Students, regents weigh tuition and fees at UMN amid pandemic

As student schedules and fees are finalized for the upcoming semester, some are questioning the cost of attending the University of Minnesota this fall without the benefit of many in-person experiences.

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Hailee Schievelbein

Hana Ikramuddin

As student schedules and fees are finalized for the upcoming semester, some are questioning the cost of attending the University of Minnesota this fall without the benefit of many in-person experiences.

The University confirmed a tuition freeze for the 2020-21 school year, a move that took $25 million in new revenue out of the University’s budget. Now that the modality for many courses has been determined, with roughly 70% of courses online, some students are expressing discontent with tuition costs. Students are now the University’s largest source of income

Since the University has already lost money due to COVID-19, the administration will likely not see further lowering tuition costs as a viable option, Regent Michael Hsu said. 

At a special meeting Thursday, the Board of Regents voted to charge the full cost of Student Service Fees if students take six or more in-person credits, or credits that would traditionally be in-person. This was a departure from the previous rule that would only charge students if they took six or more credits in-person, which brings in around $35 million annually from the Twin Cities campus.

“I don’t think it’s a good look publicly for the University to say even though we’re only going to have a … relatively small percentage of on-campus opportunities for our students we’re still going to charge them the full boat because we don’t want to have to make some of the tough decisions that their families are having to make,” Regent Darrin Rosha said at Thursday’s meeting.

While some regents were hesitant to vote in favor of the change, others supported charging students in full due to a recent rise in usage of certain in-person services.

During the meeting, Regent Richard Beeson said he supported the changes to SSF rules because while some fees may no longer apply, others may become expensive. Regents cited, for example, the increased use in student legal services.

Though the board is unlikely to reverse the decision to freeze tuition, students are expressing the desire to lower tuition to reflect the lack of in-person instruction, which some say they view as less valuable.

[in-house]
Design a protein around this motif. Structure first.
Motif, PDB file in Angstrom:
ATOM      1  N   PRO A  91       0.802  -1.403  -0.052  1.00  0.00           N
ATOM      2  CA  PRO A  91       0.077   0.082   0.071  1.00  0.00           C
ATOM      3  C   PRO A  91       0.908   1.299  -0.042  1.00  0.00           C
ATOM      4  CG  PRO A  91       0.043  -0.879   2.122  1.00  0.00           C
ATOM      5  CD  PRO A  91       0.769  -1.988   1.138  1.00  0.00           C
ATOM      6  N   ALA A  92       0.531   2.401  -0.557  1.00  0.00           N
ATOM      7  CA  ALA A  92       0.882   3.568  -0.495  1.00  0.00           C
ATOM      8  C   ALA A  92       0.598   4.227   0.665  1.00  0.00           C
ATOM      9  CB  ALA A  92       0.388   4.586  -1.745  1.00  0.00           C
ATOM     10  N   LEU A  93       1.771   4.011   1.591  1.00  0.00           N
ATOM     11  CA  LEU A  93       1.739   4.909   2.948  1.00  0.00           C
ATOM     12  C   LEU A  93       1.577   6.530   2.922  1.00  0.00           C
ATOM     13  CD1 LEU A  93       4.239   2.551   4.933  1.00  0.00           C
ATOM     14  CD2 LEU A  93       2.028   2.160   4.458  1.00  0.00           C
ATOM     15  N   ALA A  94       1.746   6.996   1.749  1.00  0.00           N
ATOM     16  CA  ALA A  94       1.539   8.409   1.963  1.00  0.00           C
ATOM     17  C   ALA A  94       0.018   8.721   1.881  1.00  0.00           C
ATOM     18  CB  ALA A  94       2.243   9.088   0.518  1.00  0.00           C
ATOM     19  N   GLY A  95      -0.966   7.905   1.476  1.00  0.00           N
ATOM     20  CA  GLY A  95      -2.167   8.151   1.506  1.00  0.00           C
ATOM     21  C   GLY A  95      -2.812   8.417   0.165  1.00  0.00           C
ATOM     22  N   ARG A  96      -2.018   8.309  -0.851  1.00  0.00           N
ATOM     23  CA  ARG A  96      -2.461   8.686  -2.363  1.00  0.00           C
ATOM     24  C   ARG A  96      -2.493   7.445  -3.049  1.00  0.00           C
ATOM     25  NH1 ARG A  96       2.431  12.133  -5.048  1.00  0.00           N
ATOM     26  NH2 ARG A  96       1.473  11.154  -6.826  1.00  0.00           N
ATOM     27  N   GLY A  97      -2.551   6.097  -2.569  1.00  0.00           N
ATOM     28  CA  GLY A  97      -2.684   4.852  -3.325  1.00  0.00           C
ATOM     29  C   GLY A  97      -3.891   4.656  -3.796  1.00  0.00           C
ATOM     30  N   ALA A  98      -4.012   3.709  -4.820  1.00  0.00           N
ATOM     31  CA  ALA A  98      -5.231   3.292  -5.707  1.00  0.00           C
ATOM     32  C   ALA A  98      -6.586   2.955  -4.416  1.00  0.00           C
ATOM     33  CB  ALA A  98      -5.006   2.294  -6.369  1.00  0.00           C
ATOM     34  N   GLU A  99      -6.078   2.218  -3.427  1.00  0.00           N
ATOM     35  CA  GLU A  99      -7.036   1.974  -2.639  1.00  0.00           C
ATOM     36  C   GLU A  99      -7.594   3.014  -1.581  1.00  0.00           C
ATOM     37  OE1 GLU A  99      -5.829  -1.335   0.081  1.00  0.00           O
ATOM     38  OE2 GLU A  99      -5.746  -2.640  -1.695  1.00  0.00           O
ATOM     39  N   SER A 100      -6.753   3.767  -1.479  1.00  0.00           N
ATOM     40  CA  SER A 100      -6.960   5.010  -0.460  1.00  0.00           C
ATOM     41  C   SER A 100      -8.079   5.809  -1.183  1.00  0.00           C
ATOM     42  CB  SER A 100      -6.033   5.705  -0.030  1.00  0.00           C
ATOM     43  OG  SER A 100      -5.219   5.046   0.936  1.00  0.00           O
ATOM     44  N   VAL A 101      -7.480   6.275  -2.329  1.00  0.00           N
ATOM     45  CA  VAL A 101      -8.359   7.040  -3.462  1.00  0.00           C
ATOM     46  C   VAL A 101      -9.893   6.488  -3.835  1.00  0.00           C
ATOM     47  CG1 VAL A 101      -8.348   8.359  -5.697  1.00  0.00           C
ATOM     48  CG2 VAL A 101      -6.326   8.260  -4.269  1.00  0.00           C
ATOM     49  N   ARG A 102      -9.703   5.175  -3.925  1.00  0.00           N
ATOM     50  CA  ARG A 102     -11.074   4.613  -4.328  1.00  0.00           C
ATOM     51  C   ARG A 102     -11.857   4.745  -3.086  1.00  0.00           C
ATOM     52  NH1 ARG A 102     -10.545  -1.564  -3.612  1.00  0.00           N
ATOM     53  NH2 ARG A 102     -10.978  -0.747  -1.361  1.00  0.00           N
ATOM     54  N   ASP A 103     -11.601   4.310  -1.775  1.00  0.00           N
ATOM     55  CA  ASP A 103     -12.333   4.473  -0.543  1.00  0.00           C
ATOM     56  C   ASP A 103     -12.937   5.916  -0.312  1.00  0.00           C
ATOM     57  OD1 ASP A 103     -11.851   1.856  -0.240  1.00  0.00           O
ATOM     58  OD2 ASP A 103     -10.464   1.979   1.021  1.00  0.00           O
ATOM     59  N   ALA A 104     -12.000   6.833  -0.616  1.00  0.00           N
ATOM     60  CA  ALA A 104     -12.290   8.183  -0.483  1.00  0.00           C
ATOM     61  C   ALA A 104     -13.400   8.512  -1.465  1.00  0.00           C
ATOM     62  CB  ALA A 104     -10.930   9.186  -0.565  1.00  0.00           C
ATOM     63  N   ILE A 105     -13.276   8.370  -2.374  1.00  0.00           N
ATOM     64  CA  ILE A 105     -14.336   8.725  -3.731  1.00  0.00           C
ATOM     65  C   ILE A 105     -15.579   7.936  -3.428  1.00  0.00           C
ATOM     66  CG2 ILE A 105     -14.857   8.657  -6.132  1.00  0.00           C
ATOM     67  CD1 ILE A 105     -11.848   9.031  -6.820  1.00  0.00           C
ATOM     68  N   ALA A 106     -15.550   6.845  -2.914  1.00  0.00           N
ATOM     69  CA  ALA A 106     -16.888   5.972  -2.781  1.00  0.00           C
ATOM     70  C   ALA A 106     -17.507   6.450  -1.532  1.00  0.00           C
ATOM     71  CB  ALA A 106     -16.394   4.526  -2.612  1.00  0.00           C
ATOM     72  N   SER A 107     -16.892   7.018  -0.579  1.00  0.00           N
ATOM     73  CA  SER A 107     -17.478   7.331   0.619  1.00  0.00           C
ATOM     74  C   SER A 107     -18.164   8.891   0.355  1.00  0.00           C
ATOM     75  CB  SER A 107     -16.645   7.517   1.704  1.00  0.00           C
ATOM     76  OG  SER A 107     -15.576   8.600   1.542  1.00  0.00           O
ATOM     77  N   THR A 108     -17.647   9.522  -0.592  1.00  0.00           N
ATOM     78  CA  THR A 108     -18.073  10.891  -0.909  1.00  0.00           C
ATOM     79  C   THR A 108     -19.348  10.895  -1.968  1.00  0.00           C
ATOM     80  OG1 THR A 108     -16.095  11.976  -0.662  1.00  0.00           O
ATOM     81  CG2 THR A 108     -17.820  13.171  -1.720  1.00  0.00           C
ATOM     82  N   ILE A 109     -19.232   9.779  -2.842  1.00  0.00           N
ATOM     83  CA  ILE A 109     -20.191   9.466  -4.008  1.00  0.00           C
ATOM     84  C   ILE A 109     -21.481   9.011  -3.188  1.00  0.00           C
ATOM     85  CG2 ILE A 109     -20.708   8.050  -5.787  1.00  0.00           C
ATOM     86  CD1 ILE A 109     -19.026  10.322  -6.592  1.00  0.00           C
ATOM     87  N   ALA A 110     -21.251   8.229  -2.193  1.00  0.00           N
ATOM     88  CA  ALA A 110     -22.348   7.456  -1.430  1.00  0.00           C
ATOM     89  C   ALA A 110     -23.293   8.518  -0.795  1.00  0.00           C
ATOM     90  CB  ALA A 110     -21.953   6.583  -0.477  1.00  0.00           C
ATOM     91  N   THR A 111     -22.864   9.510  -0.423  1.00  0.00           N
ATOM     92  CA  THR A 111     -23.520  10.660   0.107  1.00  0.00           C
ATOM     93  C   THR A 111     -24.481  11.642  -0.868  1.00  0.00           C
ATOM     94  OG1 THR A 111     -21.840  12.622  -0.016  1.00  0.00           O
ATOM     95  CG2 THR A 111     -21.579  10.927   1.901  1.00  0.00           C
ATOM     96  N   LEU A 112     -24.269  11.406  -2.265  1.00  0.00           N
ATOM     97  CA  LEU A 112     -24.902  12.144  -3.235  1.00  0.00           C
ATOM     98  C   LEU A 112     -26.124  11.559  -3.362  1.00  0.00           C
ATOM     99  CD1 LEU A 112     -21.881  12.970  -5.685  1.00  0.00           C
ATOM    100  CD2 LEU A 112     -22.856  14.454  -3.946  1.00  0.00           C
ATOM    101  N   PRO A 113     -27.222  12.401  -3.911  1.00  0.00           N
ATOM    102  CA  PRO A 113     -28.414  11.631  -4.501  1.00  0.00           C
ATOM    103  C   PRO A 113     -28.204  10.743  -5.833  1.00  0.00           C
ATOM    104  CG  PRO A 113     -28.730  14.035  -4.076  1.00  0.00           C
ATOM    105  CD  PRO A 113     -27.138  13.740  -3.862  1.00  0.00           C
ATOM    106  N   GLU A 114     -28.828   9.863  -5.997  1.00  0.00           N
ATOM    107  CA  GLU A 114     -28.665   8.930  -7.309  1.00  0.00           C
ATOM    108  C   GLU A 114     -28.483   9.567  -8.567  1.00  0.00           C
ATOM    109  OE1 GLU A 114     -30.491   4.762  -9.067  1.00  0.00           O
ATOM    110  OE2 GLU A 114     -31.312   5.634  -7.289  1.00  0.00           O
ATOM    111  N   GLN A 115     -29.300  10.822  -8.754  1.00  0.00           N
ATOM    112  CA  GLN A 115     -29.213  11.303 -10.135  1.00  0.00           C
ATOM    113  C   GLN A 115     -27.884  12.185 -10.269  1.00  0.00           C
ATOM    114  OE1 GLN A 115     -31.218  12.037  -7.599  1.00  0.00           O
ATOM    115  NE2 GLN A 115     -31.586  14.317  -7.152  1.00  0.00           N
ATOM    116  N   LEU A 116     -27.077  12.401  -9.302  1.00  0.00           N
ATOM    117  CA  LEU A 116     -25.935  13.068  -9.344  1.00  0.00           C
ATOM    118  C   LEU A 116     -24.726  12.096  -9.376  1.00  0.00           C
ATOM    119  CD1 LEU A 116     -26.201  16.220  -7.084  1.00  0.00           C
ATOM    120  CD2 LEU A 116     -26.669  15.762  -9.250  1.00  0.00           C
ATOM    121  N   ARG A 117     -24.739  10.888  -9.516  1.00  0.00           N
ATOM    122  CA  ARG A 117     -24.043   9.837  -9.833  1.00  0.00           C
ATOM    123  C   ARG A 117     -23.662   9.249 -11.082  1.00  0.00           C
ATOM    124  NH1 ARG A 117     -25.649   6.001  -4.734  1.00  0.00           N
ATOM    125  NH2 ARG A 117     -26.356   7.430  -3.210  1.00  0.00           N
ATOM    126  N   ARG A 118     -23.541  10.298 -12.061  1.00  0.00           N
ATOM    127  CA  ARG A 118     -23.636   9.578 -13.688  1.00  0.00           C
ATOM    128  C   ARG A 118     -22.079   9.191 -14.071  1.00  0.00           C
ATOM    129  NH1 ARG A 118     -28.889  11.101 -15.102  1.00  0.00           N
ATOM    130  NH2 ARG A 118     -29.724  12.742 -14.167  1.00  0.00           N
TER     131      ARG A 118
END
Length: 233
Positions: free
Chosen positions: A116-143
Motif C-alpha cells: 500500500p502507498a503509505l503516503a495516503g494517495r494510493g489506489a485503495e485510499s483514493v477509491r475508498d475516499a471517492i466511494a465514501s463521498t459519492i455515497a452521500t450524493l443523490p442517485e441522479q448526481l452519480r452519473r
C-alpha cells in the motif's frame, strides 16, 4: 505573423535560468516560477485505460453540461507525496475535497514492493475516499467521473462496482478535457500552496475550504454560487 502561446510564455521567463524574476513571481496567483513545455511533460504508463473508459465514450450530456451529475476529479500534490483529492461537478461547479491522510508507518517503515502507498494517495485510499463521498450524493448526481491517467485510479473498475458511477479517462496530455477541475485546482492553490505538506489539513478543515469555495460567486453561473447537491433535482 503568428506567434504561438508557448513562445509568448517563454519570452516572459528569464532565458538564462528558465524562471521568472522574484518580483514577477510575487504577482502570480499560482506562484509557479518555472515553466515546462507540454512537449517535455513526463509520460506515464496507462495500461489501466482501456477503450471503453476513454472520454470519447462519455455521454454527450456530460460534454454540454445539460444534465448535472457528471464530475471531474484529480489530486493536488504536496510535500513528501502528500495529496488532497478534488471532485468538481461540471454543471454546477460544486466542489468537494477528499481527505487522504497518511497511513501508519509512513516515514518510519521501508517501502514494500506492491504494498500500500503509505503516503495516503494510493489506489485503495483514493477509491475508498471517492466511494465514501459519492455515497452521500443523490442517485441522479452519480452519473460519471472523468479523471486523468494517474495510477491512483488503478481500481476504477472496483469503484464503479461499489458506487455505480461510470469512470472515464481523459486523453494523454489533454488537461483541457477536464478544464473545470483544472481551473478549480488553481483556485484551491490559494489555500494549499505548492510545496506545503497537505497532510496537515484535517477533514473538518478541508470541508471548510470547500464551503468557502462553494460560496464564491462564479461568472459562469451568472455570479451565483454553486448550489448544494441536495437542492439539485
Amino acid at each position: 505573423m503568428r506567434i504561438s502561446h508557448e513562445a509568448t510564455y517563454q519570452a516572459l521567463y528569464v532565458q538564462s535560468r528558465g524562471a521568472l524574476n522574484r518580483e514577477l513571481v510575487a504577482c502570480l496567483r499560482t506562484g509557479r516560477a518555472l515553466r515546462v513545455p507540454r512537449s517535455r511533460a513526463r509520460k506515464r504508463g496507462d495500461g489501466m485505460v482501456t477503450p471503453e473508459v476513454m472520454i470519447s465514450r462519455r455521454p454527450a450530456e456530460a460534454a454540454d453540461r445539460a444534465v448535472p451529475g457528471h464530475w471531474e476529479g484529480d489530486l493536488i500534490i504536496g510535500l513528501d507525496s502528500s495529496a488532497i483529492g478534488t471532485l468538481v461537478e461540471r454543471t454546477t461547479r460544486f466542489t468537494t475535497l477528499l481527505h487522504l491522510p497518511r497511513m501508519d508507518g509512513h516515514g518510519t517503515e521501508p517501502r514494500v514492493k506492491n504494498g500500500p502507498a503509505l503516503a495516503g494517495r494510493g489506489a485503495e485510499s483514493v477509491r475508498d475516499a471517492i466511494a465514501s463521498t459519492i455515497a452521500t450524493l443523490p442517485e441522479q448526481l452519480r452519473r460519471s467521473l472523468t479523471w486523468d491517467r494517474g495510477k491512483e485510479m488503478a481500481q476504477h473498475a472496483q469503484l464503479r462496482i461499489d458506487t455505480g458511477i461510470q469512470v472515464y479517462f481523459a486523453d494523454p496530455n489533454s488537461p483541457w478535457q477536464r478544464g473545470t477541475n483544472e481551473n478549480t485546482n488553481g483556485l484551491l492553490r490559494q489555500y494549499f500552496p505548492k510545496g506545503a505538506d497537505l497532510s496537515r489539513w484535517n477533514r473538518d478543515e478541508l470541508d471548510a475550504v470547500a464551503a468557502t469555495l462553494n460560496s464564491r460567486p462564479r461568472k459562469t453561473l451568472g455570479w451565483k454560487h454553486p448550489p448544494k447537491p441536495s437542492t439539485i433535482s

Jack Flom, a rising third-year student studying political science and urban studies suggested students refuse to pay tuition this upcoming year as a form of protest against the University. 

“We apply to the University of Minnesota to get an in-person education … It’s like I’m attending a community college now and I’m paying full price,” they said. “I feel like they’re just trying to extort us.”

Others expressed similar concerns around how tuition costs could impact students, and questioned whether the cost for an online education is worth the same as in-person classes.

Russell Brown, an incoming first-year who said he intends on majoring in political science, suggested that online credits be billed at a different cost than in-person courses. 

“I think it would definitely make tuition more affordable,” Brown said. “I fall into this weird middle ground where … my family doesn’t qualify for a lot of low-income grants, but we can’t necessarily afford a large bill either.”

Rising second-year student Sofia Ledeneva said online classes and tuition costs caused her to reconsider her transfer to the University in the fall. Ledeneva is currently attending college in South Dakota.

“I considered staying here for the year and taking those next classes here just to get my generals out of the way, because of tuition staying the same,” Ledeneva said.

Her lease on campus with a friend was one reason she chose not to defer her University acceptance, she added.

Ledeneva, who said she plans on getting a job on campus to help cover expenses, said she was concerned for other students who might not be in financially stable situations due to the COVID-19 pandemic.

“Personally I’m okay because I still have a job,” she said. “There are people that are in very different situations than I am, I was lucky.”